Refugees in desperate need of water
NAIROBI, Kenya — Tens of thousands of refugees fleeing war in Sudan are struggling to find enough water to drink and cook with, leading to the deaths of an unknown number from dehydration and diarrhea, aid officials said Monday.
More than 35,000 people have fled Sudan’s Blue Nile state for South Sudan over the last month. The refugees said they fled bombing and ground fighting between Sudan’s military and a rebel group historically associated with South Sudan, the SPLM-N, the UN said Monday.
Thousands of the new arrivals were forced to walk about 25 kilometres over the last week because there wasn’t enough water at their original location, said Tara Newell, an emergency co-ordinator with the aid group Doctors Without Borders.
“We did see a handful of deaths from that walk from sheer dehydration and exhaustion,” Newell said by satellite phone from the Jamam refugee camp in South Sudan’s Upper Nile state.
Newell said it was impossible to quantify the number of deaths, but that her aid team saw firsthand the death of a toddler.
“We arrived just as the child was dying and we were unable to reanimate the child,” she said. “Witnessing a child die of dehydration is sad. Dying from a tropical disease is sad, but dying of a lack of water is just outrageous.”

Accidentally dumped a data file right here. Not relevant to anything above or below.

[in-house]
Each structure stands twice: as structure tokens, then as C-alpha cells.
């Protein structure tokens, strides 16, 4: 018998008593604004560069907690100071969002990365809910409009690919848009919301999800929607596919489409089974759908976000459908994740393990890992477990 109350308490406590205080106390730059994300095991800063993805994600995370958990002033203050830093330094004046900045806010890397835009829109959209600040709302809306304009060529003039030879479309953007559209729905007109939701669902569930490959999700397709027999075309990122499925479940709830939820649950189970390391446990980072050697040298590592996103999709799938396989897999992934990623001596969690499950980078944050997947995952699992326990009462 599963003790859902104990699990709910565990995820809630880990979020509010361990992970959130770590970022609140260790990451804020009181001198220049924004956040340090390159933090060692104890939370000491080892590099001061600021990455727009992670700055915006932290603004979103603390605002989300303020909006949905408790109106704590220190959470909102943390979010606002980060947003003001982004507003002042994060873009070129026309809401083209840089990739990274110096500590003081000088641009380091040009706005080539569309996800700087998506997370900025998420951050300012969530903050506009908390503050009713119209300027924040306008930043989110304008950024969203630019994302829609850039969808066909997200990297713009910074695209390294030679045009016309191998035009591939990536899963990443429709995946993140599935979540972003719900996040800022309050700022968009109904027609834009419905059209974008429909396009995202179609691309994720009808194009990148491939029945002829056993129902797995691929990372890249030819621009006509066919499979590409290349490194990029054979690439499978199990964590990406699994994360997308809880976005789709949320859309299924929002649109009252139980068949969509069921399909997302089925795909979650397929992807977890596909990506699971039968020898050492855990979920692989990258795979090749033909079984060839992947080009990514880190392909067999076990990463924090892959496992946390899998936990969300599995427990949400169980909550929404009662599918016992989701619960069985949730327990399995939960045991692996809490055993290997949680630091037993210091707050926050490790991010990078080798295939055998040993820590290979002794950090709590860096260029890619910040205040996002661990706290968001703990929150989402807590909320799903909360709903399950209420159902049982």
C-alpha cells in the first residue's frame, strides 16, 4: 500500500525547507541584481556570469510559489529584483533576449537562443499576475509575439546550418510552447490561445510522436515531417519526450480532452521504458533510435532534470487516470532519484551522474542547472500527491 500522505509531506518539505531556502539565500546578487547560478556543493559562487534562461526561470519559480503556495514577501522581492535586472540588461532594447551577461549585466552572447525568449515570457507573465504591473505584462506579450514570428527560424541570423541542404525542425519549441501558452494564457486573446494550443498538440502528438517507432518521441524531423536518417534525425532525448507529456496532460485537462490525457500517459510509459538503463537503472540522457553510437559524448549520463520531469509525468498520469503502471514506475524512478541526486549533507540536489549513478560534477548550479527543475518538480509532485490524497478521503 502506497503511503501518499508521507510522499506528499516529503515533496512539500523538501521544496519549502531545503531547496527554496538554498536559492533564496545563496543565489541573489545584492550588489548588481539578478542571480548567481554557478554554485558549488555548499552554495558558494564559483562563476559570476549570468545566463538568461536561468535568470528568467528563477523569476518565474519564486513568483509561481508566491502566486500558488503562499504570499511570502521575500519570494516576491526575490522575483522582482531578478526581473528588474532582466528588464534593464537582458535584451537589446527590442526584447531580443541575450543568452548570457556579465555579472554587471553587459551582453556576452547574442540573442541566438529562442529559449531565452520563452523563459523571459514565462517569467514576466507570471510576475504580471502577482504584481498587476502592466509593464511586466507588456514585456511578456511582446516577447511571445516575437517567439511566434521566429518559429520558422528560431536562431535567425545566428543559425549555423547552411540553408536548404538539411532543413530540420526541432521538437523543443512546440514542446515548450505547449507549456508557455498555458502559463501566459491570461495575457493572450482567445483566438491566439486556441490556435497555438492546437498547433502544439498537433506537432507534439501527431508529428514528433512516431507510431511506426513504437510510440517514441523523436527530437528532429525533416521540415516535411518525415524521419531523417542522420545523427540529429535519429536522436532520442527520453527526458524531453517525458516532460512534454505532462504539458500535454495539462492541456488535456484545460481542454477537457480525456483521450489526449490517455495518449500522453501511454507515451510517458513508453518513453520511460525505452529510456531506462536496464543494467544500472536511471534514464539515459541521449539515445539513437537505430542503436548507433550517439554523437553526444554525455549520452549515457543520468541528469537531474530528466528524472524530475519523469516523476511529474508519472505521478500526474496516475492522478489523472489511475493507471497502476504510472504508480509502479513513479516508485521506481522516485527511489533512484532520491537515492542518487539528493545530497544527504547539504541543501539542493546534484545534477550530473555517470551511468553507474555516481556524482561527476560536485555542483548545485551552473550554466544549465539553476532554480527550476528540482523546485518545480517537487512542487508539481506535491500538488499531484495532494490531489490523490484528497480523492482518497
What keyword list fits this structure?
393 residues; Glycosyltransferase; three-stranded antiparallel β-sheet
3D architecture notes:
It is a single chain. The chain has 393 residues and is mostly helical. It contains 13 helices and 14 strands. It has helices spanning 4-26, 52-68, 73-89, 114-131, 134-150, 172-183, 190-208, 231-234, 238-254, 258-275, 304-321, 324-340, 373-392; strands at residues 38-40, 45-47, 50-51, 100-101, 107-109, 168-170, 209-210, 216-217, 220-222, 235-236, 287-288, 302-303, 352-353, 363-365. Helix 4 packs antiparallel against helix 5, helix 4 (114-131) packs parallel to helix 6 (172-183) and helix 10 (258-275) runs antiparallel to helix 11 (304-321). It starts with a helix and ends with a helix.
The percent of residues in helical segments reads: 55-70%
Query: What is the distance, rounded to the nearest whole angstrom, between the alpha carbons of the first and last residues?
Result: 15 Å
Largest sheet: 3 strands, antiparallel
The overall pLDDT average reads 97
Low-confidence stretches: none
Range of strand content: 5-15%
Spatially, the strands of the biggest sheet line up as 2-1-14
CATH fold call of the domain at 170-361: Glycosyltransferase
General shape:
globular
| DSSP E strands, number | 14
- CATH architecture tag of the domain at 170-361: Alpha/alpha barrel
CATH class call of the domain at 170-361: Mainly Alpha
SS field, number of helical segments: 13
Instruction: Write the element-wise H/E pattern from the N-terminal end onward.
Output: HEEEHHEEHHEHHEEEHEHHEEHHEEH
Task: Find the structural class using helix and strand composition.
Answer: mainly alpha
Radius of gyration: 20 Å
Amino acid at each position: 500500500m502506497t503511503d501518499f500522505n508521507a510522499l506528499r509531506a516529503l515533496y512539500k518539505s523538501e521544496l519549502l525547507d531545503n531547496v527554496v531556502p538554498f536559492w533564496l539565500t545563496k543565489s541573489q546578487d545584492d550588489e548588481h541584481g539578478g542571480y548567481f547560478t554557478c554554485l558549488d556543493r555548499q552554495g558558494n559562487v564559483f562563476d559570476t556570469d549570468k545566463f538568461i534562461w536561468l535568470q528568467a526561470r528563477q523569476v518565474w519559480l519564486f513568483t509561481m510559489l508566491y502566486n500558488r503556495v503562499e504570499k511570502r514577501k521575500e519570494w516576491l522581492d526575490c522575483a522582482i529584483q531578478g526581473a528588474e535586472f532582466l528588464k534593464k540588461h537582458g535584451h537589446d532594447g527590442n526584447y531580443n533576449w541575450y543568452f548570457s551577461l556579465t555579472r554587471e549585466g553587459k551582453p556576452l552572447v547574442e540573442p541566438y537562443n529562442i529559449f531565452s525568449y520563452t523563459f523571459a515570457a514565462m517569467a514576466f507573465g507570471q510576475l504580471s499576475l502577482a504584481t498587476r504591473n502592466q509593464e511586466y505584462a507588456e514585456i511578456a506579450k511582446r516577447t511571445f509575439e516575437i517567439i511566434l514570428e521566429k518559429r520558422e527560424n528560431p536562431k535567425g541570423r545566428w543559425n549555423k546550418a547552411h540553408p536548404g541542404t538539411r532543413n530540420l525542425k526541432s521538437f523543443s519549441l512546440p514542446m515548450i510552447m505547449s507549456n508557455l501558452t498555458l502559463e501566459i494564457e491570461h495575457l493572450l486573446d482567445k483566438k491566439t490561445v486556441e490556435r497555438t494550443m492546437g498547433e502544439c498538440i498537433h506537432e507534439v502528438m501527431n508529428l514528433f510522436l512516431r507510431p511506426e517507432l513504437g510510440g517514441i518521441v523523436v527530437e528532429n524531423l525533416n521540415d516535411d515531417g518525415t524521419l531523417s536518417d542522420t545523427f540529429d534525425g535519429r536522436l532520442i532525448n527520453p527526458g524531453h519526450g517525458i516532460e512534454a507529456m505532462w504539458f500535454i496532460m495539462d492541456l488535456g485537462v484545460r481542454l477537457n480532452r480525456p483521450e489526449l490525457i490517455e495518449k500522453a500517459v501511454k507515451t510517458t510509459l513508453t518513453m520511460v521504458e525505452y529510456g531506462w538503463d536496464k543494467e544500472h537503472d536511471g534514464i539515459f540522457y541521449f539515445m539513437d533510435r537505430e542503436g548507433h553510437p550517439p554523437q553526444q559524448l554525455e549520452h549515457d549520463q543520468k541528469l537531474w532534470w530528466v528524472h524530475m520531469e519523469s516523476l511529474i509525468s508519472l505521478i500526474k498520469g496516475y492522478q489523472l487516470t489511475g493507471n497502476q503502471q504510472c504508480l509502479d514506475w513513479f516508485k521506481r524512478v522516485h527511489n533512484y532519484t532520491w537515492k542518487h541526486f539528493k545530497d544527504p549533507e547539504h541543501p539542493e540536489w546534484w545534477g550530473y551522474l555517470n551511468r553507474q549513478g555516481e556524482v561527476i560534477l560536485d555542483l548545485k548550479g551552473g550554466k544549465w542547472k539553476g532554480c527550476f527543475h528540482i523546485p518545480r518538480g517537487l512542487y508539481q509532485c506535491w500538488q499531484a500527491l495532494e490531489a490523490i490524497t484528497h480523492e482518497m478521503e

Peter Struijf, an aid worker from Oxfam at the Jamam camp, said that the latest influx of refugees began after shelling and bombing in the Blue Nile region of Sudan in May. He said most people had to walk two to three weeks to reach the border with South Sudan.
The majority of the new arrivals are women, the elderly and children, an indication that men stayed behind to participate in the fighting or to tend to the fields, he said.
Some 20,000 people are at a holding camp now but the camp will run out of water in a week, Struijf said.
The new arrivals said that up to 40,000 more people could be en route to South Sudan, UNHCR said.
The rainy season is about to begin in this part of South Sudan, but that will bring additional challenges. Aid workers say they would welcome the additional water, and the chance for reservoirs to refill, but it will make relocating people or bringing in food and medical supplies by the rough dirt roads much more difficult.